Tag Archives: Doing Life Together

Life Lessons Learned from my Parents


This article first appeared on Doing Life Together.

Mom and Dad

My parents on their wedding day, 1951.

Mom passed away in 2004, Dad in 2013. I miss them every day.

In this season between Mother’s Day and Father’s Day, I would like to honor my parents by enumerating the ways they made me what I am.

My parents taught me:

To work hard. Whatever chores they assigned me, I was expected to do them well, without complaining, and be happy that I was contributing to my family. (I often disappointed them by not complying with the no complaining and happiness stipulations.) My father worked long hours and sometimes worked a second job to support our family. He worked so hard at his baking job that he eventually became a partner in the business.

To read the rest of this article, click here.

The Day Milo Went AWOL . . . by Andrea R Huelsenbeck

The Day Milo Went AWOL . . . by Andrea R Huelsenbeck

An oldy, but a goody. Un-smiley face graphic by Kaz Vorpal.

Doing Life Together

California King Snake California King Snake

As I was readying to leave for work one day fifteen years ago, my daughter Erin, then fifteen years old and the last of our children to leave for school in the morning, breathlessly announced, “There’s a snake in my pants!”

Now, in some homes, a statement like that might be alarming. However, in our house, it was pretty typical.

Firstly, my kids tended to keep their clothes on the floor. Secondly, although we live in Arizona, we are surrounded on all sides by the greater Phoenix metropolitan area—unlikely a wild reptile wriggled in from the desert. It would probably be one of our resident serpents.

You see, my husband, Greg, an elementary school teacher, collected critters.

So my very logical response to Erin was “Who is it?”

“One of the black and white ones.”

Boy, was I ticked. I had recently flown to New Jersey to…

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Heart Failure . . . by Andrea R Huelsenbeck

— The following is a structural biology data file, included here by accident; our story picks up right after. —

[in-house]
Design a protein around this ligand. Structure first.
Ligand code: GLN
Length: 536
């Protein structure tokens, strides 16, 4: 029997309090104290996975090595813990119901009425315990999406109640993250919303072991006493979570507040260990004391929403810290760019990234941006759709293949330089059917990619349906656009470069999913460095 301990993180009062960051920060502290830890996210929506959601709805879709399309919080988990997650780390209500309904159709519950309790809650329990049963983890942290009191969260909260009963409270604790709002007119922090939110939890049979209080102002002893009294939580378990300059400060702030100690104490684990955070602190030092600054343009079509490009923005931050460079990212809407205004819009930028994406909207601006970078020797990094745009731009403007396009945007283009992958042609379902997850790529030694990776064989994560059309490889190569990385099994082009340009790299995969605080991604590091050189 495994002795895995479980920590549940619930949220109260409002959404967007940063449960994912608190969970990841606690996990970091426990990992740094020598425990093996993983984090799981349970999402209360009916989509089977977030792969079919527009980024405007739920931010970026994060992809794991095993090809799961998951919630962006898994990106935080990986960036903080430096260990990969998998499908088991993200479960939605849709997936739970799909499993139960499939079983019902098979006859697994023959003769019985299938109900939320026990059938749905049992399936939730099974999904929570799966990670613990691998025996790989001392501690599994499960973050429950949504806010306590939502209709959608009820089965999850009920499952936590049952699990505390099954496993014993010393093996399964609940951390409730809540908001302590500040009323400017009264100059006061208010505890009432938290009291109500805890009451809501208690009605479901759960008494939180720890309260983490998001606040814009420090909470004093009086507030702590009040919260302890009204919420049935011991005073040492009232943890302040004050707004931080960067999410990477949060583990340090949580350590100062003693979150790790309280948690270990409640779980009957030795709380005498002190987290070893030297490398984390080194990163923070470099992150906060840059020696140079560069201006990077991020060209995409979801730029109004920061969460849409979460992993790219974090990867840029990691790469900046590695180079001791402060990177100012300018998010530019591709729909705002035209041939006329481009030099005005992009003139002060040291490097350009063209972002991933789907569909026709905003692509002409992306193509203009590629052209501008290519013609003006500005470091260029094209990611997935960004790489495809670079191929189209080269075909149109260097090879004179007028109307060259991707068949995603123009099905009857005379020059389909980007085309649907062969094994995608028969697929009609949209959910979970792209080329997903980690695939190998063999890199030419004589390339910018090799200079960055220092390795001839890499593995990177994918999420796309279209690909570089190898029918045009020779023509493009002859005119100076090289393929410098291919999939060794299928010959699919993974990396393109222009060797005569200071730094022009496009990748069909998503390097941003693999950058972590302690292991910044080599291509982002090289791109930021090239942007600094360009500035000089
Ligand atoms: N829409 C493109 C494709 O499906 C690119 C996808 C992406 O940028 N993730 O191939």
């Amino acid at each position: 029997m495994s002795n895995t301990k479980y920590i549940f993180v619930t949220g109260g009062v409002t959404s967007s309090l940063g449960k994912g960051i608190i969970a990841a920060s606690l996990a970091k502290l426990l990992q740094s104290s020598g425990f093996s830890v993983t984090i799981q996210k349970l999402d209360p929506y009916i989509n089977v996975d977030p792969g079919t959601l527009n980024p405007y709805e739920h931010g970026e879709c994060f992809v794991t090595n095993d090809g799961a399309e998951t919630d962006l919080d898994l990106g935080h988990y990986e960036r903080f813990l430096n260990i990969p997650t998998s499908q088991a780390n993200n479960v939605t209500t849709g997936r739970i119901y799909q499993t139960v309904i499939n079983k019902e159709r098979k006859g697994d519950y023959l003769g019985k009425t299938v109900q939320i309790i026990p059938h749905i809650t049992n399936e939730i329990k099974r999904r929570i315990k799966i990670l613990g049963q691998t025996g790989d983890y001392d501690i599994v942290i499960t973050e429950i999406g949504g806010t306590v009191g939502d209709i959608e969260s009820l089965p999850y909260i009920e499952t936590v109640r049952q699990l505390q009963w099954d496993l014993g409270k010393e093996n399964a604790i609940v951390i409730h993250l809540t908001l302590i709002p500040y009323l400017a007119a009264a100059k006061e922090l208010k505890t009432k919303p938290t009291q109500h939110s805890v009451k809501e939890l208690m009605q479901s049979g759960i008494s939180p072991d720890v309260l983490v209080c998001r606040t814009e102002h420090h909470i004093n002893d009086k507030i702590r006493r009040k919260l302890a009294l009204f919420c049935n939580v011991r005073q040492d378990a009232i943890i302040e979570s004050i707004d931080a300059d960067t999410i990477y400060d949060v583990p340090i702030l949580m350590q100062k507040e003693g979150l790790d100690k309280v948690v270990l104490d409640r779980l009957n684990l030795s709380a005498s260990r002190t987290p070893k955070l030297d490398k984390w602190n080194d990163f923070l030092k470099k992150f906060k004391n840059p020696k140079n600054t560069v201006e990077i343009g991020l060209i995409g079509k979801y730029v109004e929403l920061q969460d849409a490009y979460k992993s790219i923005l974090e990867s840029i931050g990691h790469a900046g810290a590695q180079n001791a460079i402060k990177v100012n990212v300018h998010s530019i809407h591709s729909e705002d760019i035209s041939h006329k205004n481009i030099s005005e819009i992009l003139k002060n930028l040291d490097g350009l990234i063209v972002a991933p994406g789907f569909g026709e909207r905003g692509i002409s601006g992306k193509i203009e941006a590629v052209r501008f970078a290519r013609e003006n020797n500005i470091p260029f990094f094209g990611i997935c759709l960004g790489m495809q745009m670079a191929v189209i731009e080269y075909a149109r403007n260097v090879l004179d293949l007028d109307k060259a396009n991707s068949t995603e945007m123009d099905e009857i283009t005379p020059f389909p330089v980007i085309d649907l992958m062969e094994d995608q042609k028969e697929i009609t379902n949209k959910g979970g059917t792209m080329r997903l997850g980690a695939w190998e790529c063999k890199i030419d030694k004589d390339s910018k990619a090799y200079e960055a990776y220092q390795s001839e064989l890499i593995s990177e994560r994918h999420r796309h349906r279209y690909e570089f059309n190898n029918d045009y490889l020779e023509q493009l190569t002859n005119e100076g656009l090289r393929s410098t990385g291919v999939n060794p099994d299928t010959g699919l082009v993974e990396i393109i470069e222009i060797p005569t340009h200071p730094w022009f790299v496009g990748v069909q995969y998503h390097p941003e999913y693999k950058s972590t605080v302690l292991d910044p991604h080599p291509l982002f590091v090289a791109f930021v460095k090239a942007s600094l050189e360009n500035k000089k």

Heart Failure . . . by Andrea R Huelsenbeck   

Some of you know that I am a contributor to Doing Life Together along with some other members of my critique group, Tuesday’s Children. This was my most-read post on DLT in 2015:

Doing Life Together

Source: hestia 0527 on www.craftsy.com Source: hestia 0527 on http://www.craftsy.com

Years ago, my pastor’s wife started a sewing circle to make a quilt that, when auctioned off, would raise money for our financially struggling church. The emphasis was on stitching with excellence, but a special camaraderie formed around the quilting frame. People spoke freely, laughed with abandon. We grew into a tight-knit group. Once, a woman confessed it was her birthday, and she told her husband she wanted to celebrate her special day by coming to our quilting session.

We auctioned off the first quilt at our annual fall festival. A professional auctioneer donated his services, and the quilt netted several hundred dollars.

The sewing circle made plans for a whole-cloth quilt. Instead of a pieced or appliquéd design, the quilting stitches themselves would be the artistic focus of the quilt. The pastor’s wife carefully penciled the intricate design on the new quilt top, and we…

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I Resolve . . . by Andrea R Huelsenbeck

I Resolve . . . by Andrea R Huelsenbeck

Doing Life Together

Many years ago I gave up on writing New Year’s resolutions. It seemed to me like an exercise in futility—by February I’d forgotten whatever good intentions I had the month before.

It also seemed incorrect to call it a New Year’s resolution, since I was making the same ones year after year.

The Encarta Dictionary has 13 definitions for the word resolution.  I would like to look at the concept of the New Year’s Resolution in light of 9 of them.

  1.  Process of resolving—the process of resolving something such as a problem or dispute. We make resolutions in response to problems. We see something in ourselves that needs changing.
  2. Decision—a firm decision to do something. This is my conundrum. If you make a firm decision to do something, you do it. I forget about it.
  3. Determination—firmness of mind or purpose. This is another thing I’m wishy-washy about. I’m only…

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Smarty Dance . . . by Andrea R Huelsenbeck  

Smarty Dance . . . by Andrea R Huelsenbeck   

The brain-dance connection.

Doing Life Together

folk dancersWhen I was a music education major at Duquesne University in the early 1970s, I took a course called Eurythmics, which used rhythmic physical movements to teach musical concepts. One facet of the course was learning folk dances from around the world. Subsequently, folk dancing is one of my most pleasant memories of my college years.